Ground Beef vs Hamburger - Do you know the difference?

Jul 19, 2017

2Ground beef accounts for an estimated 60% of all beef consumption in the U.S. and is a frequent purchase in many households. Consumers are familiar with the terms hamburger and ground beef, but often use them interchangeably.

Ground beef is made up of only skeletal muscles, only muscle attached to bone, no variety meats such as organs. Some retailers feature ground round, sirloin or chuck, and these labels mean only primal cuts or trim from those specific wholesale cuts are allowed into that product. In both ground beef and hamburger a maximum of 30% of fat is allowed. Additionally, either ground beef or hamburger may not have added water, phosphates, extenders or binders. Therefore, the main difference comes down to the way fat is added. All ground beef can only be made using fat from meat trimmings; no additional fat may be added. Hamburger however, can add fat to the lean mixture to reach the desired fat content level.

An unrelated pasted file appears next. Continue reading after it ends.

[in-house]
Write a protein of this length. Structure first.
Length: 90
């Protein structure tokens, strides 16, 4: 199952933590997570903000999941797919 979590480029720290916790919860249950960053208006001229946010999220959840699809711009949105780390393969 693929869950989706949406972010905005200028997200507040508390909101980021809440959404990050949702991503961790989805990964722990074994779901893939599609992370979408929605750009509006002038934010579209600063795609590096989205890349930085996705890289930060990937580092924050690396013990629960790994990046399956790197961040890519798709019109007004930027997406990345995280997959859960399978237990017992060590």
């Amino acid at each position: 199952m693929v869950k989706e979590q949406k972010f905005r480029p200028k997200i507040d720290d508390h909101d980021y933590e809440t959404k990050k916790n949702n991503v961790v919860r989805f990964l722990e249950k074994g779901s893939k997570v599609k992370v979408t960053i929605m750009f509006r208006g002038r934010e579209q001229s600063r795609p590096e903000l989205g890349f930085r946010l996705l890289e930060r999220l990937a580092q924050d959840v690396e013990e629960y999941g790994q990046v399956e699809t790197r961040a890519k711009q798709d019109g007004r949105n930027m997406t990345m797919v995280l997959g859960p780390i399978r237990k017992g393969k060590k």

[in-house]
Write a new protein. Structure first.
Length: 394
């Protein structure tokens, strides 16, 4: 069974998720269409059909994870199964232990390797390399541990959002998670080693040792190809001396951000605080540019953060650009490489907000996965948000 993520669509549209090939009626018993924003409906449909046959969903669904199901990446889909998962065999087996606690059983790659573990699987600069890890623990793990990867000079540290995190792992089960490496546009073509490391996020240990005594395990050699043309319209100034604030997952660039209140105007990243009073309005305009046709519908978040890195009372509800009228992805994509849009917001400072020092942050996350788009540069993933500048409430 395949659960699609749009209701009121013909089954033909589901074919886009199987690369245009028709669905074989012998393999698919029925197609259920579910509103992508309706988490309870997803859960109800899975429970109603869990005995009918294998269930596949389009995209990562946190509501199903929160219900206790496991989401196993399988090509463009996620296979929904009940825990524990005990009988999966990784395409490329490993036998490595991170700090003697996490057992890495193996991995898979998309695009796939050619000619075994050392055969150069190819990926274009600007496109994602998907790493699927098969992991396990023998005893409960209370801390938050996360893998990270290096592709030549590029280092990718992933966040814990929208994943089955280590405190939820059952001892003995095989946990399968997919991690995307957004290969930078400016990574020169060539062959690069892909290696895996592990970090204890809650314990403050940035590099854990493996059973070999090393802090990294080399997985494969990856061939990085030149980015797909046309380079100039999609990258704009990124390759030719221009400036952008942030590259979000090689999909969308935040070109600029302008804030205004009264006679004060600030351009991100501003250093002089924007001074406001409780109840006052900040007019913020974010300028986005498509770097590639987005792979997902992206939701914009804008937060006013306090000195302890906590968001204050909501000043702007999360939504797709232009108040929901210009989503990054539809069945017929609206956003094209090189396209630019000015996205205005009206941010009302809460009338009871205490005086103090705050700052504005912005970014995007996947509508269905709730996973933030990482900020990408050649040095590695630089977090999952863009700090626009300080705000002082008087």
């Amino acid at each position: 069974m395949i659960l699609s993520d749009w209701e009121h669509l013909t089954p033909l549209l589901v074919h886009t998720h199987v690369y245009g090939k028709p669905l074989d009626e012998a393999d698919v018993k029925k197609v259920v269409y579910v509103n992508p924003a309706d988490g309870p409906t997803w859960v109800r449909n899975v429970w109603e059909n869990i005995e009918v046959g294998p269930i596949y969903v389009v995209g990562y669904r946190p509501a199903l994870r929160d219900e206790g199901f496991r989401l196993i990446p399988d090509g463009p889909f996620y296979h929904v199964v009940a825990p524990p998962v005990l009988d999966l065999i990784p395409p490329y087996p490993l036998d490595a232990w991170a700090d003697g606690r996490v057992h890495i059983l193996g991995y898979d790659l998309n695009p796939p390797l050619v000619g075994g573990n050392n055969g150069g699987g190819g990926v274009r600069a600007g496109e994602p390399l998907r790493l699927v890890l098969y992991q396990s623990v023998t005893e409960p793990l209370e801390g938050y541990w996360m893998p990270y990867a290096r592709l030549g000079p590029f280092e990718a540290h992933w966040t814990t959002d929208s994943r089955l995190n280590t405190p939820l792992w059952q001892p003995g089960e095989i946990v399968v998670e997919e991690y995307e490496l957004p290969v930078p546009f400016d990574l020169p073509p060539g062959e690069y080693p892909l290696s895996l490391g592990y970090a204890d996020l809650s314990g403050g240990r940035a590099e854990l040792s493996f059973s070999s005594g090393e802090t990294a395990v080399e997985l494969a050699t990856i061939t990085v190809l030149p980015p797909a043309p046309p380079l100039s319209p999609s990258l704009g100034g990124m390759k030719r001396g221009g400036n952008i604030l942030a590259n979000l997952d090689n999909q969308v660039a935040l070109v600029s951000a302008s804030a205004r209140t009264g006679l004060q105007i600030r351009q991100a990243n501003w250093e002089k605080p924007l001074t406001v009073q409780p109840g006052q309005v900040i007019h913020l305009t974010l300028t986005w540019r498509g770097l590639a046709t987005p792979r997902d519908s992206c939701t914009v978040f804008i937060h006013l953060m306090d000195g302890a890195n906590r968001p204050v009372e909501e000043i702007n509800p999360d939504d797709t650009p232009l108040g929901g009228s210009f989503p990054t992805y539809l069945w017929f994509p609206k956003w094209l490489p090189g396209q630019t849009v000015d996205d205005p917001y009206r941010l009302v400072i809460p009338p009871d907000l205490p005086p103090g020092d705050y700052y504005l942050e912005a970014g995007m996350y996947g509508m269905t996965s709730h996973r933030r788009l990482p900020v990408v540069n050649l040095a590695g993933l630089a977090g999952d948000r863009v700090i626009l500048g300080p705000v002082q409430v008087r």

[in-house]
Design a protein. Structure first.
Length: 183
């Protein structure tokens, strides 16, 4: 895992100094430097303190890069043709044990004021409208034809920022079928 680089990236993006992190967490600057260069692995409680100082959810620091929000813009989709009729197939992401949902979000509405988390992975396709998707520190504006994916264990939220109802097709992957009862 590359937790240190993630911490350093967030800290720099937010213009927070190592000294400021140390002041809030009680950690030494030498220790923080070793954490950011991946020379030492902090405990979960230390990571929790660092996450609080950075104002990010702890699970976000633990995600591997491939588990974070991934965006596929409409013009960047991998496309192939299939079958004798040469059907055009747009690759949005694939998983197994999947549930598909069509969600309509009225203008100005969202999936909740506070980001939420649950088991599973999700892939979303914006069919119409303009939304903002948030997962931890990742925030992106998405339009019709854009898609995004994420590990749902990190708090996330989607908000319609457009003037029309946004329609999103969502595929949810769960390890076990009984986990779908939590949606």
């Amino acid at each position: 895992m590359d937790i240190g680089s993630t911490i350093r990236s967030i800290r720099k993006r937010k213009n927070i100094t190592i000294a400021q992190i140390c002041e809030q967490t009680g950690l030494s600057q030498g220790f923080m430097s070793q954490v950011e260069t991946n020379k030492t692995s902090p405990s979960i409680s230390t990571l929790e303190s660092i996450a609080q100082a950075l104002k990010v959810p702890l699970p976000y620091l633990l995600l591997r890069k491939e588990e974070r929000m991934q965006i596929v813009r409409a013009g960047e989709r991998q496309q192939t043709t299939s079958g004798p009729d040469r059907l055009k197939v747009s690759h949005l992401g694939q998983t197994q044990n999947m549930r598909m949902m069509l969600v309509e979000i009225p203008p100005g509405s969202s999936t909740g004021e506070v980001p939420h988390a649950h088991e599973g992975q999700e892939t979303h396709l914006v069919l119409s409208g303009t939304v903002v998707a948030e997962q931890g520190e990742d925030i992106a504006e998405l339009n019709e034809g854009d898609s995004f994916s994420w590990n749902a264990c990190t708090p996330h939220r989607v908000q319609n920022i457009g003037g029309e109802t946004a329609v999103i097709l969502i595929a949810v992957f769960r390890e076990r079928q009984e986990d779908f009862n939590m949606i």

The lean-to-fat ratio gives a quantitative description of the composition of the product. A package with the label “80% fat free” indicates there is 20% fat in that product. It also can be labeled as 80/20, which is just another way of saying 80% lean, 20% fat. In order for a beef product to be labeled as a “lean” product there must be less than 10 grams of fat within each 100 grams, so less than 10%. To claim “extra lean”, each 100 grams of beef must contain less than 5 grams of fat, or 5%. There are a wide variety of supply, with the combinations and assortments of hamburger and ground beef that fit the need of each consumer.

Robert Maddock, Associate Professor at North Dakota State University explains how ground beef is made and give tips on what to look for when purchasing ground beef. 



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